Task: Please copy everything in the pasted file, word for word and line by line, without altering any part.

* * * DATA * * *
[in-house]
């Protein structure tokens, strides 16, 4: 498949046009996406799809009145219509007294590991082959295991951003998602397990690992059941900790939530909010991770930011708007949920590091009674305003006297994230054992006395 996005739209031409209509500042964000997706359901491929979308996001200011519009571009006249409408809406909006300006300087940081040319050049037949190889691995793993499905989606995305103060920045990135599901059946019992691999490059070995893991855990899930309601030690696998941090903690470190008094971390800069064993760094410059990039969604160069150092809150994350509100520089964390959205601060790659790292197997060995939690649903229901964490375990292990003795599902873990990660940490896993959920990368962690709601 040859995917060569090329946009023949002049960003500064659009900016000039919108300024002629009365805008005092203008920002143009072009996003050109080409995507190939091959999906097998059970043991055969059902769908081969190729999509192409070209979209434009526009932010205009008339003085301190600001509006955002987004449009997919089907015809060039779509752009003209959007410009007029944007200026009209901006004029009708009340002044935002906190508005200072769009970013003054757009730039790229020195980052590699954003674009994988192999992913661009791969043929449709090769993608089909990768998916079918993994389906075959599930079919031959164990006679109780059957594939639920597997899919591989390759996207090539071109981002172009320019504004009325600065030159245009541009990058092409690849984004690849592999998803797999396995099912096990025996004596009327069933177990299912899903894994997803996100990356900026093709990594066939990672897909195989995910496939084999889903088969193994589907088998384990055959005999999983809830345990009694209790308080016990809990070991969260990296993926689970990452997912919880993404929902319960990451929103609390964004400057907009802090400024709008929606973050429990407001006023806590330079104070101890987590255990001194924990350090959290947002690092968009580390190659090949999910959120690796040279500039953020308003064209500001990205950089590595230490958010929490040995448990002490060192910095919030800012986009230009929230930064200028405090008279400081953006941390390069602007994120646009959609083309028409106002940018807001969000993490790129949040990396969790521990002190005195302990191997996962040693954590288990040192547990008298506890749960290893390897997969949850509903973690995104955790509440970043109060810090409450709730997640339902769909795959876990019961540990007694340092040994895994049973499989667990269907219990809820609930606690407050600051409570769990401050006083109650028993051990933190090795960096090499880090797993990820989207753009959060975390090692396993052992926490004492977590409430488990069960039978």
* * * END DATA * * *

[in-house]
């Protein structure tokens, strides 16, 4: 498949046009996406799809009145219509007294590991082959295991951003998602397990690992059941900790939530909010991770930011708007949920590091009674305003006297994230054992006395 996005739209031409209509500042964000997706359901491929979308996001200011519009571009006249409408809406909006300006300087940081040319050049037949190889691995793993499905989606995305103060920045990135599901059946019992691999490059070995893991855990899930309601030690696998941090903690470190008094971390800069064993760094410059990039969604160069150092809150994350509100520089964390959205601060790659790292197997060995939690649903229901964490375990292990003795599902873990990660940490896993959920990368962690709601 040859995917060569090329946009023949002049960003500064659009900016000039919108300024002629009365805008005092203008920002143009072009996003050109080409995507190939091959999906097998059970043991055969059902769908081969190729999509192409070209979209434009526009932010205009008339003085301190600001509006955002987004449009997919089907015809060039779509752009003209959007410009007029944007200026009209901006004029009708009340002044935002906190508005200072769009970013003054757009730039790229020195980052590699954003674009994988192999992913661009791969043929449709090769993608089909990768998916079918993994389906075959599930079919031959164990006679109780059957594939639920597997899919591989390759996207090539071109981002172009320019504004009325600065030159245009541009990058092409690849984004690849592999998803797999396995099912096990025996004596009327069933177990299912899903894994997803996100990356900026093709990594066939990672897909195989995910496939084999889903088969193994589907088998384990055959005999999983809830345990009694209790308080016990809990070991969260990296993926689970990452997912919880993404929902319960990451929103609390964004400057907009802090400024709008929606973050429990407001006023806590330079104070101890987590255990001194924990350090959290947002690092968009580390190659090949999910959120690796040279500039953020308003064209500001990205950089590595230490958010929490040995448990002490060192910095919030800012986009230009929230930064200028405090008279400081953006941390390069602007994120646009959609083309028409106002940018807001969000993490790129949040990396969790521990002190005195302990191997996962040693954590288990040192547990008298506890749960290893390897997969949850509903973690995104955790509440970043109060810090409450709730997640339902769909795959876990019961540990007694340092040994895994049973499989667990269907219990809820609930606690407050600051409570769990401050006083109650028993051990933190090795960096090499880090797993990820989207753009959060975390090692396993052992926490004492977590409430488990069960039978």